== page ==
We compared population access and health facility access to WASH services (Fig. 4). Across all countries and all services, both population and health facility access were lower in rural areas than urban areas. With few exceptions (Somalia and Ethiopia), health facility access to water services was consistently higher than population access. Both population and health facility access to water services exceeded 80 % in urban areas in 9 countries. Health facility access to sanitation services exceeded 80 % in urban areas in 12 countries and rural areas in 6 countries, but population access to basic sanitation services was well below 80 % in these same countries regardless of rural-urban setting. Similarly, health facility access to hygiene services exceeded 80 % in urban areas in 9 countries and rural areas in 3 countries, yet less than 50 % of the populations in these areas had access to basic hand hygiene services.
Compared to private facilities, public facilities were less likely to have access to WASH services (p < 0.05) and to a lesser extent, standard precautions for infection prevention available (Fig. 5). However, the advantage of private facilities in access to WASH services was minimal. For Benin, Burundi, and Senegal (< 5 % points). As the availability of standard precautions for infection prevention was low (17 %), differences between public and private health facilities were smaller (Fig. 5).
The overall goal of this study was to assess the availability of WASH services and infection prevention and control measures in health facilities across 18 countries in sub-Saharan Africa between 2013 and 2018. Across countries, an estimated 88 % of health facilities had an improved water source on premises, 94 % had an improved toilet, 74 % had soap and running water or alcohol-based rub available and 17 % had standard precautions for infection prevention available. Our estimates of the availability of water and sanitation services in health facilities were above the global target of 80 % and slightly higher than previously reported regional estimates for 2016, where availability of basic water and sanitation services in health facilities in sub-Saharan Africa was 74 and 71 % respectively . Compared to previously published estimates, the present study included additional countries, used more recent health facility assessments and simultaneously considered health facility and population access to basic WASH services [21, 32]. However, due to insufficient data in the SARA and SPA, this study could not evaluate access to “basic services”. To monitor Sustainable Development Goals (SDG) WASH-related targets in health facilities, WHO/UNICEF Joint Monitoring Program for Water Supply, Sanitation and Hygiene (JMP) has introduced levels of service: “no service”, “limited service” and “basic service” . The criteria used to classify health facilities as offering basic WASH services is more stringent than the definitions used in the present study. There is a need to harmonize core questions and indicators in health facility surveys to contribute to improving access to WASH services in health facilities and accelerate progress towards achieving WASH-related SDG targets.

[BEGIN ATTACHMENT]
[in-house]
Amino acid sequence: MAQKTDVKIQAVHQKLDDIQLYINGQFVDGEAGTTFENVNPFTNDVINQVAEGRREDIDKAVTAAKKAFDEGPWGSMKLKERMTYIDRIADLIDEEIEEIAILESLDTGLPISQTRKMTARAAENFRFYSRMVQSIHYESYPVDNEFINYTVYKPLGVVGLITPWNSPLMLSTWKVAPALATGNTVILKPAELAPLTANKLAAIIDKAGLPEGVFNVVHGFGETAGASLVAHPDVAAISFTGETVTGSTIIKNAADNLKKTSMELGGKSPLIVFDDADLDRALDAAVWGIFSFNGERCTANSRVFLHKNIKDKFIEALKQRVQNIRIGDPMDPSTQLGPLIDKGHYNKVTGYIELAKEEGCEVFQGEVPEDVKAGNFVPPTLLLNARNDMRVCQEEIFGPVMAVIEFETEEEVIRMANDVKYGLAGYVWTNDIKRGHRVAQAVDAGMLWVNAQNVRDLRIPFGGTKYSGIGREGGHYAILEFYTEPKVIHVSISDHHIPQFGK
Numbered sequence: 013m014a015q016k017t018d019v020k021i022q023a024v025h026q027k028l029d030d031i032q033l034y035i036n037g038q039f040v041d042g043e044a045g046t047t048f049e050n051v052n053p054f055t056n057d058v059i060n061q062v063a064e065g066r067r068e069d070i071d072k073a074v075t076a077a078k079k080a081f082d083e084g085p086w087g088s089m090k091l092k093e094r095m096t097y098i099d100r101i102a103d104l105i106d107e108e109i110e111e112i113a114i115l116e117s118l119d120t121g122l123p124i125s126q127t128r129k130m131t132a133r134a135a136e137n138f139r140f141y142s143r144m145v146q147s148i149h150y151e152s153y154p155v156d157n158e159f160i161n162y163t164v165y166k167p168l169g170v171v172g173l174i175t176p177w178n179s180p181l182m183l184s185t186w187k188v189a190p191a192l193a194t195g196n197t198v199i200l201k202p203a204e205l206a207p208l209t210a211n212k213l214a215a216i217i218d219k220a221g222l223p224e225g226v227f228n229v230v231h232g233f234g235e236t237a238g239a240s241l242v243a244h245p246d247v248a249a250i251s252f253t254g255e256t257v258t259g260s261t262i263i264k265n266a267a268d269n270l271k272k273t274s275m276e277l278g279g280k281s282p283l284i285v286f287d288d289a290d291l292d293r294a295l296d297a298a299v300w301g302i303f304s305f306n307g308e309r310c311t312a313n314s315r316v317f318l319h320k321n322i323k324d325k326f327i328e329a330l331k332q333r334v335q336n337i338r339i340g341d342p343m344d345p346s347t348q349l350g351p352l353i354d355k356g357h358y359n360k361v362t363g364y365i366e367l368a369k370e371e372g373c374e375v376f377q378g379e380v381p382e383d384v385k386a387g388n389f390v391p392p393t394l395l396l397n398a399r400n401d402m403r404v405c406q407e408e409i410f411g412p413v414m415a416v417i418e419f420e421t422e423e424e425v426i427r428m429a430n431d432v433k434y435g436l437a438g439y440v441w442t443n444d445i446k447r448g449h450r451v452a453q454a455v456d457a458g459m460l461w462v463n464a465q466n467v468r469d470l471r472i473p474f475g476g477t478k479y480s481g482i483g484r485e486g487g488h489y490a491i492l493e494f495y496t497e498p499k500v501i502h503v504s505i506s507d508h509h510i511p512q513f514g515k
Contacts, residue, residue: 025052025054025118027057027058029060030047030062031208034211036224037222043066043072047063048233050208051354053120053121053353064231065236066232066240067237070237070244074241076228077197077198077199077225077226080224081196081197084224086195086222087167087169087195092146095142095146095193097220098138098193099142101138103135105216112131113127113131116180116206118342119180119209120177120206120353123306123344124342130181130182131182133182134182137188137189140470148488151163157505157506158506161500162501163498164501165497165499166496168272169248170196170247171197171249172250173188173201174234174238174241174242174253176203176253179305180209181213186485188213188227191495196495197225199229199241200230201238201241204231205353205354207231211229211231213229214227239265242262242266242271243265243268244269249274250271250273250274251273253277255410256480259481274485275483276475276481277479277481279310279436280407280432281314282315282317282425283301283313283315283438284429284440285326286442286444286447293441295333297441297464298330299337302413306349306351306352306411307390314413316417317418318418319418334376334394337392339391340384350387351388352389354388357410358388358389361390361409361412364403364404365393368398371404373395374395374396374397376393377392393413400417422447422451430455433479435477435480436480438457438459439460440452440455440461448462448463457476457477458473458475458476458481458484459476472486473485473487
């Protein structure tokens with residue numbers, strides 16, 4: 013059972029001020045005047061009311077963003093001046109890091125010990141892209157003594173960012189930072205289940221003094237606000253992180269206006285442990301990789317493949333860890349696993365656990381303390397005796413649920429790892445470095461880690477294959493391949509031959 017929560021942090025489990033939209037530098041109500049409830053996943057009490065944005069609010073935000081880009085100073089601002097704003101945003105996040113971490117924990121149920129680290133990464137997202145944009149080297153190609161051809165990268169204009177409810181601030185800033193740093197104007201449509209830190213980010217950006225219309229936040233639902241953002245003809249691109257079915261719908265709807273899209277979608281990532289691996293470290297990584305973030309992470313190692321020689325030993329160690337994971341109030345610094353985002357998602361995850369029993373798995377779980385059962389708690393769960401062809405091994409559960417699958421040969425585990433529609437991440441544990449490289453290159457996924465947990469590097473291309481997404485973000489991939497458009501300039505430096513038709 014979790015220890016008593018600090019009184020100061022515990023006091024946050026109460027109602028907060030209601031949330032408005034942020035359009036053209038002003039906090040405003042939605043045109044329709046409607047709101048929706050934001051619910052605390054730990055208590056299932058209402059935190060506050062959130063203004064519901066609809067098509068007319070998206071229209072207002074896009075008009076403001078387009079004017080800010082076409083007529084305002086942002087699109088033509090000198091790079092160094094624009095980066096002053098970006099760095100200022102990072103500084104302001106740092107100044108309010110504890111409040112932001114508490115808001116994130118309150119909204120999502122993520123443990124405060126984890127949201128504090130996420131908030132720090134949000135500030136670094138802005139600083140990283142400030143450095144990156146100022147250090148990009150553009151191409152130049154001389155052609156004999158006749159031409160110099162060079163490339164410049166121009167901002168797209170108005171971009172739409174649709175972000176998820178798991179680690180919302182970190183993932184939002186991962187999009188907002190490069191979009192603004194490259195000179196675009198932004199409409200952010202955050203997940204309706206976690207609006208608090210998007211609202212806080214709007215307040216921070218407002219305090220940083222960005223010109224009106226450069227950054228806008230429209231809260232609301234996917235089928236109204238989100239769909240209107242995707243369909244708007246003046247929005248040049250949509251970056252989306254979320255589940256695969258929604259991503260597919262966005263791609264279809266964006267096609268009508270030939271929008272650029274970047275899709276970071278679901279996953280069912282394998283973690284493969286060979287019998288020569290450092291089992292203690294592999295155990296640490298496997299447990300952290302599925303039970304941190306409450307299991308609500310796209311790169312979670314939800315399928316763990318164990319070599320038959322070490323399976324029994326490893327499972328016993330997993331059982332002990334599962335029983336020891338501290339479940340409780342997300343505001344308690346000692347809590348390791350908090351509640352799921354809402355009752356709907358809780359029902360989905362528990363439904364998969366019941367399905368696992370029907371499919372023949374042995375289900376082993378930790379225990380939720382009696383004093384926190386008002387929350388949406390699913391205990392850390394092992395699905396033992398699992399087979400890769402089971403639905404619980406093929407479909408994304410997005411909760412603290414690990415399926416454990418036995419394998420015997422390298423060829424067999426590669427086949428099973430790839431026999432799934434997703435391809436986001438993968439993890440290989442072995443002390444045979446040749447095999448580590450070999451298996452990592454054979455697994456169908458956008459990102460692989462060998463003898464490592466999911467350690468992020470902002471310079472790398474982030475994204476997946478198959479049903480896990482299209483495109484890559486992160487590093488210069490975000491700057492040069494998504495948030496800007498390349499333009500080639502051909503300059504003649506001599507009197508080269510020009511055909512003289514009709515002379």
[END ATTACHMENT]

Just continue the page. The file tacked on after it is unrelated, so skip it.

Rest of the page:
This study identified gaps in access to WASH services in health facilities by location (rural, urban) and managing authority (public, private). Consistent with previous research, this study demonstrated better access to WASH services in urban health facilities than rural health facilities [21, 32]. This study noted severe deprivation of access to WASH services in rural areas was not only at the health facility level, but at the population level. Rural health facilities constitute a large proportion of the service providers in health systems in sub-Saharan Africa. Furthermore, 59 % of the population of sub-Saharan Africa still resides in rural areas. The disproportionate lack of access to WASH services in rural areas has implications for the prevention and control of infectious diseases and immediate responses to COVID-19.
The current COVID-19 pandemic has disrupted the provision of and reduced access to WASH and waste management services across sub-Saharan Africa. As a result of border closures and lockdowns restricting movement, several countries have reported the disruption of supply chains for hygiene products such as soap and environmental disinfectant as well as equipment such as incinerators . Disruptions in WASH and waste management services in households, health facilities and other public settings have also been documented . For example, water service providers have faced challenges with reductions in revenue, limited availability of resources such as water treatment chemicals and fuel for water pumps, and the lack of maintenance of WASH infrastructure . Households have also faced inconsistent and inadequate access to WASH services, which has the potential to propagate COVID-19 as well as increase the incidence of water-borne diseases. The pandemic has also increased the amount of infectious waste, which, if not appropriately stored and safely disposed, can be detrimental to human health and the environment. Considering the unprecedented impact of the COVID-19 pandemic on the availability of WASH services, several countries have adopted policies and strategies that are locally relevant and based on local resource constraints . In Ghana, the coronavirus alleviation program provided free water including water tankers to vulnerable communities between April and June 2020 . Other countries in the region including Chad, Gabon, Guinea, Kenya, Mauritania, and Togo have implemented similar social protection plans to offer utility waivers for water and electricity for all or part of the population amid the COVID-19 pandemic [38, 39]. However, these provisions miss unconnected households that are the most vulnerable . Several countries have focused on longer term solutions such as the construction of sanitation facilities and handwashing stations in households, health facilities, transportation hubs and markets, the provision of WASH and electricity services in high priority settings and the local production of and solidifying supply chains for WASH commodities such as soap and hand sanitizers [40, 41]. Whether these innovative solutions will be implemented at scale and remain accessible to populations in an equitable manner is yet to be determined.